His bearded face smiled at me, blinking back tears. He genuinely believed he was utterly romantic. A week later, my sister Rebecca delivered me a pregnancy test. I was smoking a blunt while she and I awaited the results.

Rebecca was gentle with me. “It says here, a plus sign, no matter how faint, is a positive test.”

I remember dramatically squishing the burning weed into the ashtray. I texted Nick right away. I swiftly typed, “Hurry home. I have a surprise for you.”

I took a pea from a bag in the freezer and left it on the windowsill and waited.

When Nick arrived, hours later, he was beyond drunk. His cheeks not jolly pink, but red like rouge. The pea had softened to mush.

He walked through the back door straight to the refrigerator.

My heart was pounding. The words had burst from my mouth, “That’s how big our baby is right now.”

I was pointing to the windowsill as the refrigerator door closed.

He cracked a beer in response.

“Whaaat?”

Maybe I should’ve waited until he was sober, though my words seemed to have processed because his face widened.

He bellowed, slurring one long sentence, “We’rehavingababy!”

He kissed me. Hard. An assault of liquor and beer permeating beneath the sweat and grease of working over a fryer with little ventilation. I felt suffocated.

“We have to celebrate! I need cigarettes and I’m going to get us lottery tickets.”

Nick grabbed the keys, even though the gas station was half a block away. After all, he had just walked from the restaurant. He turned for the door.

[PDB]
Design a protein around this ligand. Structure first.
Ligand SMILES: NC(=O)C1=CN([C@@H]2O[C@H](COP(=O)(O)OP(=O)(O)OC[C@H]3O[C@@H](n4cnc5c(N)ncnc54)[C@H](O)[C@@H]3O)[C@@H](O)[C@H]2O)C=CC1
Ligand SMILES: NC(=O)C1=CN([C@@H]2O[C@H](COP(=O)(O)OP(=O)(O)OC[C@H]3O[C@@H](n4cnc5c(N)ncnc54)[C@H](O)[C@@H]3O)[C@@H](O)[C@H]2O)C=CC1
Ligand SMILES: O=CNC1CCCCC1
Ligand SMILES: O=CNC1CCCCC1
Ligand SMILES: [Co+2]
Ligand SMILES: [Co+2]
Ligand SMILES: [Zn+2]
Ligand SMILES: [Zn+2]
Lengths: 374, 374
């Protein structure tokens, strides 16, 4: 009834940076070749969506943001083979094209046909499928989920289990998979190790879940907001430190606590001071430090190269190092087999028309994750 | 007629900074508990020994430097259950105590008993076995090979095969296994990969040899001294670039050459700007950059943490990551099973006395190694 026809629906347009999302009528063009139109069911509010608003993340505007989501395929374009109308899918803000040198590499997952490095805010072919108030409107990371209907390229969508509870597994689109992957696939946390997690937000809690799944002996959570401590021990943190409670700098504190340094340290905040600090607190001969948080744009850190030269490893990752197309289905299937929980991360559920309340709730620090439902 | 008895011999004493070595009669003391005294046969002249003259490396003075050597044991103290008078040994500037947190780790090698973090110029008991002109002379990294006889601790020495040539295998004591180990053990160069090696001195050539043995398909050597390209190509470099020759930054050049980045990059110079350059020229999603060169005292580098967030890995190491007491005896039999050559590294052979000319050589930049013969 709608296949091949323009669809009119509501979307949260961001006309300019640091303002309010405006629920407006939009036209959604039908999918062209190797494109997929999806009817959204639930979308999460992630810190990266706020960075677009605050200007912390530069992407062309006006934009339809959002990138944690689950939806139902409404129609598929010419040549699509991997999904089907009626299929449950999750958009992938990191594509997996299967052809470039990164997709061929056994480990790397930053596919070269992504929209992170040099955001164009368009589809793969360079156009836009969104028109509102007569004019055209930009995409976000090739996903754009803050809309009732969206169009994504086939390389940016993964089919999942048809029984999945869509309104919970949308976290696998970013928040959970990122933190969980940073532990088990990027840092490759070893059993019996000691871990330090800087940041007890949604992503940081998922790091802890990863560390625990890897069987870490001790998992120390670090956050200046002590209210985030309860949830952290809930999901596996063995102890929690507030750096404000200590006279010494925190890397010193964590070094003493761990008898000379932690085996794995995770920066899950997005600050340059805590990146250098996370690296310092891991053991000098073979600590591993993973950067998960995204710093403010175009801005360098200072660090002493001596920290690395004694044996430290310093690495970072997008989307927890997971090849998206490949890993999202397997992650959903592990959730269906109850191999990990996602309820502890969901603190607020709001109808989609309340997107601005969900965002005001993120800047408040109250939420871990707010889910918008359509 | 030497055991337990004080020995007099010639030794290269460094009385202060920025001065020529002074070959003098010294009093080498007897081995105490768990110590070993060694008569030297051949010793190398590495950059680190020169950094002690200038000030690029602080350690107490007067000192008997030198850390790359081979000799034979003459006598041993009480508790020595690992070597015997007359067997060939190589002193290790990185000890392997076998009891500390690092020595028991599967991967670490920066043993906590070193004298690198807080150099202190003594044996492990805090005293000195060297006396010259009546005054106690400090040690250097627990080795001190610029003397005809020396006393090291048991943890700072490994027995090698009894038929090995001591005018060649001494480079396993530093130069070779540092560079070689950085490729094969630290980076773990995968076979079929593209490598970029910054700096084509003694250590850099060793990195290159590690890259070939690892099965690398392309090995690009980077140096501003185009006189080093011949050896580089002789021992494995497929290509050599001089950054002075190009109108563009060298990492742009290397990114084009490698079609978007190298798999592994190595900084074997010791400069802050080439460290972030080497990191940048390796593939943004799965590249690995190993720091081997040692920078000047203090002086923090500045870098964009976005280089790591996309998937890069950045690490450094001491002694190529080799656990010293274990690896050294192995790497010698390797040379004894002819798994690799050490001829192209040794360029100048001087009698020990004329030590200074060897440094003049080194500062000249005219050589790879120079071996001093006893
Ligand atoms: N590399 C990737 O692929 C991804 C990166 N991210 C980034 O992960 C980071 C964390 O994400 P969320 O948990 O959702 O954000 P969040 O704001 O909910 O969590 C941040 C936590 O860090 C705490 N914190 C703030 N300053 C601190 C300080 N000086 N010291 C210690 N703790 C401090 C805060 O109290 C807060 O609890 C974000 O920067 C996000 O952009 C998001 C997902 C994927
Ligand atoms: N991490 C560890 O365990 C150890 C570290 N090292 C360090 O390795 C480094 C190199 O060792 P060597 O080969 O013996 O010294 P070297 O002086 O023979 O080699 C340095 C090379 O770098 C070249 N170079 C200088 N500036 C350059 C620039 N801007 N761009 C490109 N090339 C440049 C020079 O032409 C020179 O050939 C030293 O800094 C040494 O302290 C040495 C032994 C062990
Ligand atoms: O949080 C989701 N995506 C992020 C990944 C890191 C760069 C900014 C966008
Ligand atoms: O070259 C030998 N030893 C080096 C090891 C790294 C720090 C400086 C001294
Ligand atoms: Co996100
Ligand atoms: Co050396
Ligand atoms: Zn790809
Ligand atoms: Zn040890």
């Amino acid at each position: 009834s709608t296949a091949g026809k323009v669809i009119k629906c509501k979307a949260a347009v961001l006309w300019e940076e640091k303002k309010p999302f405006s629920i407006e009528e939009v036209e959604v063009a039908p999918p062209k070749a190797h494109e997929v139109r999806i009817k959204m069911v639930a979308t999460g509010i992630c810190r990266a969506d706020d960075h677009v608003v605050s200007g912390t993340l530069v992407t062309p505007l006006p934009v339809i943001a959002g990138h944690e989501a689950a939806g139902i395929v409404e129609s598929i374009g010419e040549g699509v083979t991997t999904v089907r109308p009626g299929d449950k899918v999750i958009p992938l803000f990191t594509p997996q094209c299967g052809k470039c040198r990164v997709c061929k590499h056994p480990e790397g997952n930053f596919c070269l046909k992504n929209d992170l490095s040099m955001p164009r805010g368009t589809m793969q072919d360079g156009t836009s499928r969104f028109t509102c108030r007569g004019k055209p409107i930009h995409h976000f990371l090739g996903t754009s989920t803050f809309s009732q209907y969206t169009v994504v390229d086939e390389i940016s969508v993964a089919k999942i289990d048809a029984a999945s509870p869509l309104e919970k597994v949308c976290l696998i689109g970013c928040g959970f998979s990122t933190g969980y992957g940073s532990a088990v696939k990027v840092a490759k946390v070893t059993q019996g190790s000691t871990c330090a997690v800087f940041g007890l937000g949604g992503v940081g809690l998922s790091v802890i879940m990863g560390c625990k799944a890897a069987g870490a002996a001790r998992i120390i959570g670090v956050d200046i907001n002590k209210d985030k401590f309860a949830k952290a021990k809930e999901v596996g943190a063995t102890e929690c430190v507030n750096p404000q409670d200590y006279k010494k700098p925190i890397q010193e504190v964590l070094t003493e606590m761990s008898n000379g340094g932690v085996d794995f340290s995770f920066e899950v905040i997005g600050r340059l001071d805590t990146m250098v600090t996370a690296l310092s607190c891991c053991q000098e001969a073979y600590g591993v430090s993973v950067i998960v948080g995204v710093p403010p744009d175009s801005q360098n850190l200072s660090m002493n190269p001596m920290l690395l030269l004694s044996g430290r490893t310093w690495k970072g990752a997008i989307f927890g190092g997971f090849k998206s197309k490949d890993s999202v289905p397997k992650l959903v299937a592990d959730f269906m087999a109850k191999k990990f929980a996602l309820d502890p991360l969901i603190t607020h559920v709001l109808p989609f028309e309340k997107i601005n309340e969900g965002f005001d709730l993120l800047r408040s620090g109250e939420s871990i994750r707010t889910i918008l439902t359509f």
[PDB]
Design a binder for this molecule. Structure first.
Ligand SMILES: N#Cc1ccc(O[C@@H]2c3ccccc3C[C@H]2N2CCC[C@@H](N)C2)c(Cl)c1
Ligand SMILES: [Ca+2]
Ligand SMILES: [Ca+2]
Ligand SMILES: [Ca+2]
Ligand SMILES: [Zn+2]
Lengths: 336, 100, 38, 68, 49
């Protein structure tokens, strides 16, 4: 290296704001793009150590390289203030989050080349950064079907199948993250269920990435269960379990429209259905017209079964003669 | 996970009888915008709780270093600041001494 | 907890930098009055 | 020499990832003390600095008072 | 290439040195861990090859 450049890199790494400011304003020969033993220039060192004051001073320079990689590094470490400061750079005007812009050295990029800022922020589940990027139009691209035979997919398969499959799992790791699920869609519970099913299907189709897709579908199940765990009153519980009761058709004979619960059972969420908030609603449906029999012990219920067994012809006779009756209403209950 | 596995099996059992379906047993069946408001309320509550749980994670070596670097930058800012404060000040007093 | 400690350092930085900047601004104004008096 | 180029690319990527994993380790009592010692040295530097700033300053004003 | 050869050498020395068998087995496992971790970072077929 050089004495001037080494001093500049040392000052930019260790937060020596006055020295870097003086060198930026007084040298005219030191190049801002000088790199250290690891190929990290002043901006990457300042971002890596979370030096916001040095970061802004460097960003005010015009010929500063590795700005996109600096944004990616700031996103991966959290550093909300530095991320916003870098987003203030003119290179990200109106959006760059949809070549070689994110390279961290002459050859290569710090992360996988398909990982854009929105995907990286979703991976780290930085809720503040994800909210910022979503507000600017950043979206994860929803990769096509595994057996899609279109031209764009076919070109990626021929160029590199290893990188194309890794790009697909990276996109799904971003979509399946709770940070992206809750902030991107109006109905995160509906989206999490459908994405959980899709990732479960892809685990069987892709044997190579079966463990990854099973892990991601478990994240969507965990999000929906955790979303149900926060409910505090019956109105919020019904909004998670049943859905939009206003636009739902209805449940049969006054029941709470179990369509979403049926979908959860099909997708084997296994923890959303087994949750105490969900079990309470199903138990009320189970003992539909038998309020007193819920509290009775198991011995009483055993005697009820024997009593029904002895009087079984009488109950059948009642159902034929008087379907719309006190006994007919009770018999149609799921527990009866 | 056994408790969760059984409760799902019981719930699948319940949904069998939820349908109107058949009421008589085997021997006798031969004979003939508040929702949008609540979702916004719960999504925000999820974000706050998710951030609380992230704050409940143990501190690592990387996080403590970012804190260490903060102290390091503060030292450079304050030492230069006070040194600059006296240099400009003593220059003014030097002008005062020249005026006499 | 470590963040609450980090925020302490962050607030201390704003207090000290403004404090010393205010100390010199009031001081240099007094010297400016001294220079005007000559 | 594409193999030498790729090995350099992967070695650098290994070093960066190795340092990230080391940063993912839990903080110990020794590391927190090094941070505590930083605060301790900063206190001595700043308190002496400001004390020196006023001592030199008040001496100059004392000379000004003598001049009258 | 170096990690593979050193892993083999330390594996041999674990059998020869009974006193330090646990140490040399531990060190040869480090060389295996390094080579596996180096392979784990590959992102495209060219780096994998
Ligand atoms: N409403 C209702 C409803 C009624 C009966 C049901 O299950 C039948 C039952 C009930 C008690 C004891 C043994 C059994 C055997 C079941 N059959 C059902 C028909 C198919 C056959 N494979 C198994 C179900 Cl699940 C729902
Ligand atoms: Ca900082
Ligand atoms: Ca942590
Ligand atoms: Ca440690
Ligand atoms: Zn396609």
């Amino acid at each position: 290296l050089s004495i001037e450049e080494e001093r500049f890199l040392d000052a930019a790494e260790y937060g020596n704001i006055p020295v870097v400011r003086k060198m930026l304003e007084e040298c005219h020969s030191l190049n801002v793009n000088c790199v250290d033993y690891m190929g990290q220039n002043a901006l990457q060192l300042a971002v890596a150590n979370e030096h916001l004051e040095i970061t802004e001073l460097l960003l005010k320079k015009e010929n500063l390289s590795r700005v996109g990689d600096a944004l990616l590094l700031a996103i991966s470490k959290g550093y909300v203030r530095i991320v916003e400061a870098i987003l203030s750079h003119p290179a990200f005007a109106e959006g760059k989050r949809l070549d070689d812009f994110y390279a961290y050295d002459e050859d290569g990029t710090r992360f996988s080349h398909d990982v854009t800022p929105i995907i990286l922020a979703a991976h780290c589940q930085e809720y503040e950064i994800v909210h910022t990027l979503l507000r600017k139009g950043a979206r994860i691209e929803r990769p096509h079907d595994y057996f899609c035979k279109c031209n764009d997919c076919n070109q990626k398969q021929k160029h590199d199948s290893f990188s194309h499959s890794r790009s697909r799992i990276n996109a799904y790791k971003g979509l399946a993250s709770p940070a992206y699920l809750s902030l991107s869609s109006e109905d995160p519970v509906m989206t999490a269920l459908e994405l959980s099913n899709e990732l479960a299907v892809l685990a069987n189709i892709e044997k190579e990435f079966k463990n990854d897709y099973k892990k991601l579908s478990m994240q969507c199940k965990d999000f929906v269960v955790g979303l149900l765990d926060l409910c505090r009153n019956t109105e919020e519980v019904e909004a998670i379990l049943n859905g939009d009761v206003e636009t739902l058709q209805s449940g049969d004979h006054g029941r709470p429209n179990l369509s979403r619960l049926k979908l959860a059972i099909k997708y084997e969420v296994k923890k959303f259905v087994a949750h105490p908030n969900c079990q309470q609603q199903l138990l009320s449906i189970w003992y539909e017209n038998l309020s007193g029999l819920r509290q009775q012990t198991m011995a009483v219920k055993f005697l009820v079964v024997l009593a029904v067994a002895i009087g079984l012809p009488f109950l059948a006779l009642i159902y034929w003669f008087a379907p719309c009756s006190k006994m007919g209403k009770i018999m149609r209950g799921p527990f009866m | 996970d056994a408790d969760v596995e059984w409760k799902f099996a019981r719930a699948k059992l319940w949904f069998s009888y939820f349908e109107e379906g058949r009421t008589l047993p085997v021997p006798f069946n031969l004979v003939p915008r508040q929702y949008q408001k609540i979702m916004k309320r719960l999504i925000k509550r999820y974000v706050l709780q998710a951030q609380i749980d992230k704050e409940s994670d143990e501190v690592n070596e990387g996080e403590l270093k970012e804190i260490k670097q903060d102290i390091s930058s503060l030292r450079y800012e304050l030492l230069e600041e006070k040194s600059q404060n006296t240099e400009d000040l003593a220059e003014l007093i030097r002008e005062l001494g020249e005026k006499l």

“Wait, Nick.”

I stumbled over my words. “Hey, you know, over the next nine months, you’re going to have to slow down drinking… Just cut back, I’m not saying stop completely… if I can’t party… it’s going to be harder than house arrest was… watching you drink.”

He turned on his heel and kissed my cheek. “Baby, you knew I was an alcoholic when we met,” as though it were the sweetest sentiment. “You know that’s not ever going to change.”

He left the backdoor open as he strode to the driver’s seat. I listened over my heart as he started the car and left.

For the next twenty minutes I stood by myself in the kitchen. Visualizing my belly growing. Six months pregnant. Eight months. Holding a baby. Chasing a toddler. In every visualization, I saw myself alone.

I saw in my mind, kids playing in the background as I answered the phone. It was the police calling, he was at the station, and needed a ride. The phone rang again, this time to tell me he wrecked the car and was in ICU. There the police were, knocking on the front door in the middle of the night, there to tell me he was dead.

When I discarded the pea, something inside of me changed.

Gina Moriarty is an emerging writer who earned her MFA through Chatham University in Pittsburgh where her thesis was the recipient of the Katherine Ayres Award. She’s mostly a nonfiction writer but dabbles in poetry. Typically, her work covers the themes of addiction, heartache, and coincidence beneath an umbrella of hope.

Her nonfiction has been published by Permafrost Magazine, the AROHO Foundation, the Braided Way Magazine, and 3 AM Press. Upcoming by Marrow Magazine and Purple Ink Press Bimbo Feminist Anthology. Her poetry has appeared in the Brief Wilderness, the Ekphrastic Review, and the Classical Poets Society. Find Gina online here